ADHD Events in Sydney
Each month ADHD Support Australia brings you an expert in an ADHD-related field to empower you with the information you need on your ADHD journey.
All speaker evenings at our major sponsor Pittwater RSL are $15 plus booking fee, unless otherwise advertised.
As of May 2019, ADHD Support Australia are now endorsed to provide NSW Education Standards Authority (NESA) Registered Professional Development for teachers accredited at Proficient Teacher level.
Attending talks will contribute 1 hour 30 minutes of NSW Education Standards Authority (NESA) Registered Professional Development addressing 6.2.2 from Australian Professional Standards for Teachers towards maintaining Proficient Teacher Accreditation in NSW.
Massive thanks to Pittwater RSL for the complimentary use of their Auditorium which helps keep ticket costs affordable.
- This event has passed.
Learning Difference Convention – Melbourne
May 25 @ 9:00 am-3:00 pm
Learning Difference Convention – Melbourne
The Learning Difference Convention was borne out of charitable efforts on the Central Coast NSW towards dyslexia awareness. The need to disseminate information, and bring the available support structures together to assist those dealing with dyslexia, became evident. The Learning Difference Convention is now a philanthropic event funded independently by its founder, Jillian Zocher.
Specific Learning Difficulties Specialist, Jillian Zocher, completed a Postgraduate Diploma in Specific Learning Difficulties in conjunction with the Helen Arkell Dyslexia Centre (UK) and the Oxford and Cambridge Royal Society of Arts in 2002, after many years of having taught at dyslexia friendly schools overseas. Jillian practices Educational Therapy on the Central Coast and teaches one on one to dyslexics across the age range.
What Do We Do
Neurological differences are to be recognised and respected as any other human variation. These differences can include those labelled with Dyspraxia, Dyslexia, Attention Deficit Hyperactivity Disorder, Dyscalculia, Autistic Spectrum, Tourette Syndrome, and others.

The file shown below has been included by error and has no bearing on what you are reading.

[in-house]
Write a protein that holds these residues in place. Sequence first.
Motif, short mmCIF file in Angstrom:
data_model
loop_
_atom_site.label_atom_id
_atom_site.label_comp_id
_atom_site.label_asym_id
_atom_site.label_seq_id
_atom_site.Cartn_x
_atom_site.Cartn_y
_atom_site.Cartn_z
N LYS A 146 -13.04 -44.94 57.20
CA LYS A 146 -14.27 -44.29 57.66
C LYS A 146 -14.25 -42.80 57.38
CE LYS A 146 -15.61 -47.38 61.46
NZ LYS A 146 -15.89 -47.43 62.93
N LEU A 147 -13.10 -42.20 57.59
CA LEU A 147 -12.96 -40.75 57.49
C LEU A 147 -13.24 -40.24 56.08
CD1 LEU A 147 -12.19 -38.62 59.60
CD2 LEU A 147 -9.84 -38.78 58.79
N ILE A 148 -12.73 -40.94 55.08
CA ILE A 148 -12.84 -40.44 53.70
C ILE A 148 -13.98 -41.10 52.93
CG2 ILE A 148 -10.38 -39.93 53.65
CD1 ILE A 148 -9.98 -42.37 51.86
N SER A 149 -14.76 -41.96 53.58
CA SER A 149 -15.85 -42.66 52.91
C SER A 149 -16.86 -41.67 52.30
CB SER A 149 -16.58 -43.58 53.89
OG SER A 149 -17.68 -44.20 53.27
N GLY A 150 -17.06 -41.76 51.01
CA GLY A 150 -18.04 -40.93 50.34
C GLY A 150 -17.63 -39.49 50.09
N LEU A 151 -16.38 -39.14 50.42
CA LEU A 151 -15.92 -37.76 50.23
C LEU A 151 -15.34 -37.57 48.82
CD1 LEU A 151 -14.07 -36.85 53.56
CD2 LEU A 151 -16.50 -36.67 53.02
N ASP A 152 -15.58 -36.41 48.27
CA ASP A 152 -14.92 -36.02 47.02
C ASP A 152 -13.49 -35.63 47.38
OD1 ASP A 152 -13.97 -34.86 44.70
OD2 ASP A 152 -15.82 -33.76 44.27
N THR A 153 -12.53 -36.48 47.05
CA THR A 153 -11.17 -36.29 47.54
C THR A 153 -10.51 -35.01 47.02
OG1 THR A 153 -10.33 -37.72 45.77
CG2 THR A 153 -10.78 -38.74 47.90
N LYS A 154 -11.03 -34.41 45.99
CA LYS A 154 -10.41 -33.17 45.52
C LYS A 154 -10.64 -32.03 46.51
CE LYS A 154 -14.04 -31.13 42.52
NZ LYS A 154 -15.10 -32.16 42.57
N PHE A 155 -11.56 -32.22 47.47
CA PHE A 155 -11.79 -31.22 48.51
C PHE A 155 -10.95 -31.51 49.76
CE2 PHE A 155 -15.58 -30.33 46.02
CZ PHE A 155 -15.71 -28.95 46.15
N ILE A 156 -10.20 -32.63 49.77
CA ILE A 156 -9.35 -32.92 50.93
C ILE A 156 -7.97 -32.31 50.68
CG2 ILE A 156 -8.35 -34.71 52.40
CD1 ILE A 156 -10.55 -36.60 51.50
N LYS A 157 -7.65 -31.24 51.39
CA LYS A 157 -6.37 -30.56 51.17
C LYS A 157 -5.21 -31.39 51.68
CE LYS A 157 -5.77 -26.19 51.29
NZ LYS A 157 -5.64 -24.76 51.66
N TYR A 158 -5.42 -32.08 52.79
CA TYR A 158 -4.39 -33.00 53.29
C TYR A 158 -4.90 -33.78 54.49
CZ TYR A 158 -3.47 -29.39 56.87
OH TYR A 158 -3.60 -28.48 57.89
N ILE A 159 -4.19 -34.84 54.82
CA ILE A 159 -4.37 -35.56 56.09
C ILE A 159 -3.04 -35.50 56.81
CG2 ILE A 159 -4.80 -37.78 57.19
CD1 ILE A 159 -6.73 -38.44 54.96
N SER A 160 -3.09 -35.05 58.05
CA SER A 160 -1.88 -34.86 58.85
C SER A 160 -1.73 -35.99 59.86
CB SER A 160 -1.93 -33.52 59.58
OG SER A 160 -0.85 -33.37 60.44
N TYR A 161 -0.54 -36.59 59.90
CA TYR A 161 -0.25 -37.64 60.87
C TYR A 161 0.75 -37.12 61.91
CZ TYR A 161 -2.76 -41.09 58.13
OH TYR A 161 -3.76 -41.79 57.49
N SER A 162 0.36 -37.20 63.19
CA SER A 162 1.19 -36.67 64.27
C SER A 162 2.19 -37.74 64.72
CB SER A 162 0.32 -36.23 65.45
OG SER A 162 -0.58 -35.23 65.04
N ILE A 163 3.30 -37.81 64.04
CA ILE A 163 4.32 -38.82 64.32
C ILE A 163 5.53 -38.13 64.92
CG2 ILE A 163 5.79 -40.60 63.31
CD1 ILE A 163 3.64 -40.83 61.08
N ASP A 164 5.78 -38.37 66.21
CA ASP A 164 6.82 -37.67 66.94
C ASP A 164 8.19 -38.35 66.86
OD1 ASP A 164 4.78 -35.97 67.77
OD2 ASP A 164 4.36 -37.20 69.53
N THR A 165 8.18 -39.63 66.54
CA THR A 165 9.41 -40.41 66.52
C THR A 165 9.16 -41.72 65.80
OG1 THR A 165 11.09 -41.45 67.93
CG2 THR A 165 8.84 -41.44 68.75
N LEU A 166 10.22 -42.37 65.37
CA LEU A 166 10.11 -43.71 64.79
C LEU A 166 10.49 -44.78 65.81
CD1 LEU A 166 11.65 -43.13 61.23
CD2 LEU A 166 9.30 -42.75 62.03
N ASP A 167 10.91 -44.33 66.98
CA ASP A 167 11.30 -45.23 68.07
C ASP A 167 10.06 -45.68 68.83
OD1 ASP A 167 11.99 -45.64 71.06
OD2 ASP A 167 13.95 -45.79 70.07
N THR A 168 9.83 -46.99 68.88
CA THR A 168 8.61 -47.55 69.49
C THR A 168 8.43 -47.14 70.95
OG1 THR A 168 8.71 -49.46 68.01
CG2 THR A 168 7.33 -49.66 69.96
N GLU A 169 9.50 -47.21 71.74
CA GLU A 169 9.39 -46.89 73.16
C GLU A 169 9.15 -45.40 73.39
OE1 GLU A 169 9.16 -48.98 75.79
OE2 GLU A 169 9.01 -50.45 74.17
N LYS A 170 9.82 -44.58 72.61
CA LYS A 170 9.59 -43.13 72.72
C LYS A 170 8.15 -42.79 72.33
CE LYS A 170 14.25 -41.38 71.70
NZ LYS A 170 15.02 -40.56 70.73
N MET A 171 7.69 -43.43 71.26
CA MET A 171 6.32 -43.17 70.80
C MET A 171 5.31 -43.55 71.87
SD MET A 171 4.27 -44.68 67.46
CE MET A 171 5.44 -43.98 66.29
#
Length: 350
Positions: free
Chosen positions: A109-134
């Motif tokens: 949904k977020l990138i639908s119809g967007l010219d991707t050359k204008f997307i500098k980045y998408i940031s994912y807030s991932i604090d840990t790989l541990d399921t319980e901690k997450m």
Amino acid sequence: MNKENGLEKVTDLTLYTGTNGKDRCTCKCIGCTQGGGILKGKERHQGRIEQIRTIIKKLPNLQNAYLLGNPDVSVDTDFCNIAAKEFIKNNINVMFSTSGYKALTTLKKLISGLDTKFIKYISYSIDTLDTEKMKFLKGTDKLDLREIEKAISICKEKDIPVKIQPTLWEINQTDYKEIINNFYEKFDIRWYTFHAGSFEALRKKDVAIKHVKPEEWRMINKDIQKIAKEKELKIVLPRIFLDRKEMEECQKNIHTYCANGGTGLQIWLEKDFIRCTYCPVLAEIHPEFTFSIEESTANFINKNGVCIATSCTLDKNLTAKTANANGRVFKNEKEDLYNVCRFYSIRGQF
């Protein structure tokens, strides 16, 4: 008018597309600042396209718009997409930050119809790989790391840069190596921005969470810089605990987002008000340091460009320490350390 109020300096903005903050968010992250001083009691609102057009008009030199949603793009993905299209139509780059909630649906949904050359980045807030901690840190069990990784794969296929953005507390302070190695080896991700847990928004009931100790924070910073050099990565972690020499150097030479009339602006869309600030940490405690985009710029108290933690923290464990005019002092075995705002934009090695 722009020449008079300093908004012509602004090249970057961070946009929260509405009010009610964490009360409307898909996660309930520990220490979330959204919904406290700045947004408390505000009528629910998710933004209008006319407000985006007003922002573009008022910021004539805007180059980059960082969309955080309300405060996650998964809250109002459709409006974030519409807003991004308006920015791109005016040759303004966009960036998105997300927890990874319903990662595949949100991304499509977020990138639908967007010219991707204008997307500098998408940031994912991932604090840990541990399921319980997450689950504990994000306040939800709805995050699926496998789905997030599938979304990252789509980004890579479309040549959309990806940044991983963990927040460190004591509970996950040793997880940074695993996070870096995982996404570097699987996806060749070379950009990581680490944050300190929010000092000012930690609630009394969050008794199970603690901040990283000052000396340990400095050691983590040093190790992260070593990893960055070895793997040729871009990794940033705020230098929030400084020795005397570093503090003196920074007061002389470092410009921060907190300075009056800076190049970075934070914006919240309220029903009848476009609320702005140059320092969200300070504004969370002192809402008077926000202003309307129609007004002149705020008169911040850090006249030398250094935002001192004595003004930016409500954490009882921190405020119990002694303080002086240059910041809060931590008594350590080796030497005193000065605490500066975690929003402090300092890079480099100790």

The Learning Difference Convention is the only event of its kind in Australia, linking delegates to support networks, teacher training, resources, research, authors and information, all relating to learning differences.
The Learning Difference Convention recognises that a systematic, explicit and multi-sensory approach to reading is essential and that early intervention is key. Whilst we provide FREE resources to assist with reading, we recognise that dyslexia is more than just a reading difficulty and that dyslexics have varying needs, relative to their individual strengths and weaknesses.
This unique event allows us to share the plethora of information, whether it be reading, writing, spelling, co-ordination, concentration, auditory processing, mathematics, study skills, organisational skills, self-esteem difficulties, anxiety, social skills, behaviour, technology, visual processing, nutrition and more. The event allows you to ask the necessary questions, meet the experts and support groups and try out loads of resources.
The event has triggered a healthy debate, resulting in increased awareness, increased action, increased support, whilst inspiring unity between organisations and institutions.
The LDC offer support to parents, teachers, teacher aides and allied health professionals, for all three tiers of intervention – programs for classrooms/schools, programs for small groups and programs for those more severe who require one on one support.
LDC allows us to keep abreast with what is going on in the world of dyslexia, equipping us with the information to grow in our knowledge and understanding as educators in Australia.
LDC encourage delegates to view learners in a holistic way, focusing on strengths and individual needs, rather than only dwelling on weakness and labels in which to categorise them. Moving from labelling, to profiling, empowers us in our understanding, without relying on the services of an ‘expert’.
It is particularly important to note that various SpLD’s overlap; as students are likely to have one or more co-occurring difficulties. In developmental disorders co-existing difficulties is the rule rather than the exception.